The Hobbesian perspective on international affairs is profoundly mistaken. The problem of the Hobbesian perspective is that it assumes that the international arena can be accurately modeled as a prisoner’s dilemma. So, mutual defection from cooperation is the single Pure Nash Equilibrium or self-interested rational strategy. In reality, the conflict between different civilizations is a perceptual dilemma, not a prisoner’s dilemma as the political realists portray it. A perceptual dilemma arises during conflict characterized by systematic bias about the outgroup’s preferences. Unlike the prisoner’s dilemma, both parties of a conflict prefer cooperation over defection in a perceptual dilemma while believing that the other party would exploit cooperation. So, defection is a regretful strategy resorted to out of fear that the other side does not prefer cooperation, even when the other side likewise prefers cooperation. Nuclear disarmament between the US and the USSR is a classic example of a perceptual dilemma (see, for instance, Scott Plous, “Modeling the Nuclear Arms Race as a Perceptual Dilemma,” Philosophy & Public Affairs 17 [Winter 1988]), but so is civilizational conflict.

In such cases, changing how we view each other can be incredibly consequential. And thus, language changes matter. By signaling other-regarding conciliatory intent, decision-makers can shift each other’s behavior to achieve the best outcome of mutual cooperation. Unfortunately, the Hobbesian framework that Huntington operationalizes makes escaping the perceptual dilemma and achieving mutual cooperation more difficult because it promotes negative perceptions of humans from other civilizations. Thus, the Hobbesian prediction becomes a self-fulfilling prophecy. Throughout the book, Huntington explicitly portrays different civilizations as having unapologetic ill-intent for one another, the exact opposite of what is required to escape the perceptual dilemma of militarism. For example, consider his biased framing of Western-Islamic relations:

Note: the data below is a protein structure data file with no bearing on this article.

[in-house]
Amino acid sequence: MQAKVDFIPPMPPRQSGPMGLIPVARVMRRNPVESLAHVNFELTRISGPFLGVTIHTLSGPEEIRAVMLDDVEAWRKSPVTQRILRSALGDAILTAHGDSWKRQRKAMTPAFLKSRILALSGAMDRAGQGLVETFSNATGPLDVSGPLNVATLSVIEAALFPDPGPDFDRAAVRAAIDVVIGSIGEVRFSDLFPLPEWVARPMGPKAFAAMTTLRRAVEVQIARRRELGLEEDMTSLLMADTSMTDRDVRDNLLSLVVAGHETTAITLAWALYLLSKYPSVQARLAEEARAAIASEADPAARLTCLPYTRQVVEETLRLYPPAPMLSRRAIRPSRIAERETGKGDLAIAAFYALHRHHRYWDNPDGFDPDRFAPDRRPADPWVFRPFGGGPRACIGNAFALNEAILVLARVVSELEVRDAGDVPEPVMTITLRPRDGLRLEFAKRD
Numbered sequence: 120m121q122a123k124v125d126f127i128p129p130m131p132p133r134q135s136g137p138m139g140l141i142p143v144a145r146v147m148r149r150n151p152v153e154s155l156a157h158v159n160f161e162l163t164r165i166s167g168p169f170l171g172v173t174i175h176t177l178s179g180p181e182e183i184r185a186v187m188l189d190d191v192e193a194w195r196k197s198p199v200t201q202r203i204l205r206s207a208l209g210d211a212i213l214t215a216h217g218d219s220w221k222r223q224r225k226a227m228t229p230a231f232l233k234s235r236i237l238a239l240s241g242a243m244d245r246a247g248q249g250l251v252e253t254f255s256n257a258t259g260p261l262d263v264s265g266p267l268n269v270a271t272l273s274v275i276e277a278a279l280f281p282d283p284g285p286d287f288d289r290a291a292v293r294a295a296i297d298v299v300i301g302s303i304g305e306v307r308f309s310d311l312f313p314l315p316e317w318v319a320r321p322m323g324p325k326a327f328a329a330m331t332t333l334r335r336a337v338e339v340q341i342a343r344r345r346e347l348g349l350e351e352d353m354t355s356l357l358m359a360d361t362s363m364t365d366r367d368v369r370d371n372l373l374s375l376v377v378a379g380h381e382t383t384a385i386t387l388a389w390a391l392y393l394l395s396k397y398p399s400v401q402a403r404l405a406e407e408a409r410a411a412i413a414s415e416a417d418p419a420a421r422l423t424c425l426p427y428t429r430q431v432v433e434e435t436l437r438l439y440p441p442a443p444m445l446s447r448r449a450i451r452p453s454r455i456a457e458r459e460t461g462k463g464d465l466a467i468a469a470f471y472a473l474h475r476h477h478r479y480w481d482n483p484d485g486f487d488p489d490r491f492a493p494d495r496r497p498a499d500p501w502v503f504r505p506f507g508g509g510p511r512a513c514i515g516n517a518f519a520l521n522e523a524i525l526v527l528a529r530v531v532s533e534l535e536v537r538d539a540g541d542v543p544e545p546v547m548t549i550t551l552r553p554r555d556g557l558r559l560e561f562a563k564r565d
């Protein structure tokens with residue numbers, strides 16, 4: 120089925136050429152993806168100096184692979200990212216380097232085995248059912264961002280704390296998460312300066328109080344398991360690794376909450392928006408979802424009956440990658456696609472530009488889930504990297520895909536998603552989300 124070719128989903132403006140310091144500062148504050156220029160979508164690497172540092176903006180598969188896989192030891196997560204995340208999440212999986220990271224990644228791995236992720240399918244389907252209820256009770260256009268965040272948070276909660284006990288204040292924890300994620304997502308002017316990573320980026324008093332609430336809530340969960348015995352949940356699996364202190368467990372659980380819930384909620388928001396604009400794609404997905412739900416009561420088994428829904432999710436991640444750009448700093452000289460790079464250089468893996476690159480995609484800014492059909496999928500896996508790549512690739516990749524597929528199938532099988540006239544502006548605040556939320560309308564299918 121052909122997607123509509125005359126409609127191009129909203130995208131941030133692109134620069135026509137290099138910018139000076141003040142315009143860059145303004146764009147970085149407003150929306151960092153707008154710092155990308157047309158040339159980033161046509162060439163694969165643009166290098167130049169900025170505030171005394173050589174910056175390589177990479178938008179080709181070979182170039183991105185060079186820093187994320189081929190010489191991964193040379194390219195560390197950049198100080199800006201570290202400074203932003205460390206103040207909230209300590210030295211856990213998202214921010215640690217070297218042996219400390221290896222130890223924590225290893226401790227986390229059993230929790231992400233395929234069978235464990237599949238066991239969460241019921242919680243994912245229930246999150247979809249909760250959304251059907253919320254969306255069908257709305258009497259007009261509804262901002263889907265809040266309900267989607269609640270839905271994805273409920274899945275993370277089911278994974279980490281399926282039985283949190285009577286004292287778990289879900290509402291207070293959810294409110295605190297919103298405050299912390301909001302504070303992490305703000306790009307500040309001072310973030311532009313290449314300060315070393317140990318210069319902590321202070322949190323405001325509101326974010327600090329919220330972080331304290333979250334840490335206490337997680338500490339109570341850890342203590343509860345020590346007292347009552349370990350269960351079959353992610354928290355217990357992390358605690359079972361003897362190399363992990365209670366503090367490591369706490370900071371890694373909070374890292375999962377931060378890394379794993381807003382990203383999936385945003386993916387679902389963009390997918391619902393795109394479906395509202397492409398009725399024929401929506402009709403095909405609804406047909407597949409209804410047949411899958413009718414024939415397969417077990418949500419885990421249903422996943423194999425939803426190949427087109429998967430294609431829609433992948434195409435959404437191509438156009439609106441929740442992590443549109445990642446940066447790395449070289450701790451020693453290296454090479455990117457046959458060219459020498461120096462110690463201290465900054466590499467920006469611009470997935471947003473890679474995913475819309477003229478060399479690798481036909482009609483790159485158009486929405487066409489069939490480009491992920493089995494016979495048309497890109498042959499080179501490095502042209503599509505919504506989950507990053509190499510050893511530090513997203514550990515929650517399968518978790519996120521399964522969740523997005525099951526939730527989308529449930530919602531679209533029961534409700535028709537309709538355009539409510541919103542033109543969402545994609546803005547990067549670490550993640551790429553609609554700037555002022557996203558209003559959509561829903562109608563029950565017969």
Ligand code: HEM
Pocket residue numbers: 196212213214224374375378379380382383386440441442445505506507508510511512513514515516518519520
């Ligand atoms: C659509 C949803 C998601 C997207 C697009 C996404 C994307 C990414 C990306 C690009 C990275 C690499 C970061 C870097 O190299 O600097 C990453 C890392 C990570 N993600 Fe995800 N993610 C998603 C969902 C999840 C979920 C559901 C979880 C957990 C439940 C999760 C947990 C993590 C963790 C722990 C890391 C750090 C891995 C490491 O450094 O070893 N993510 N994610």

The underlying problem for the West is not Islamic fundamentalism. It is Islam, a different civilization whose people are convinced of the superiority of their culture and are obsessed with the inferiority of their power. The problem for Islam is not the CIA or the U.S. Department of Defense. It is the West, a different civilization whose people are convinced of the universality of their culture and believe that their superior, if declining, power imposes on them the obligation to extend that culture throughout the world. These are the basic ingredients that fuel conflict between Islam and the West (pp. 217–218).

Such an attitude must be rejected if we are to escape the perceptual dilemma. Our best bet to escaping the perceptual dilemma is by realizing that human civilizational diversity is not merely a phenomenon to tolerate, but rather appreciate, as I will explain next.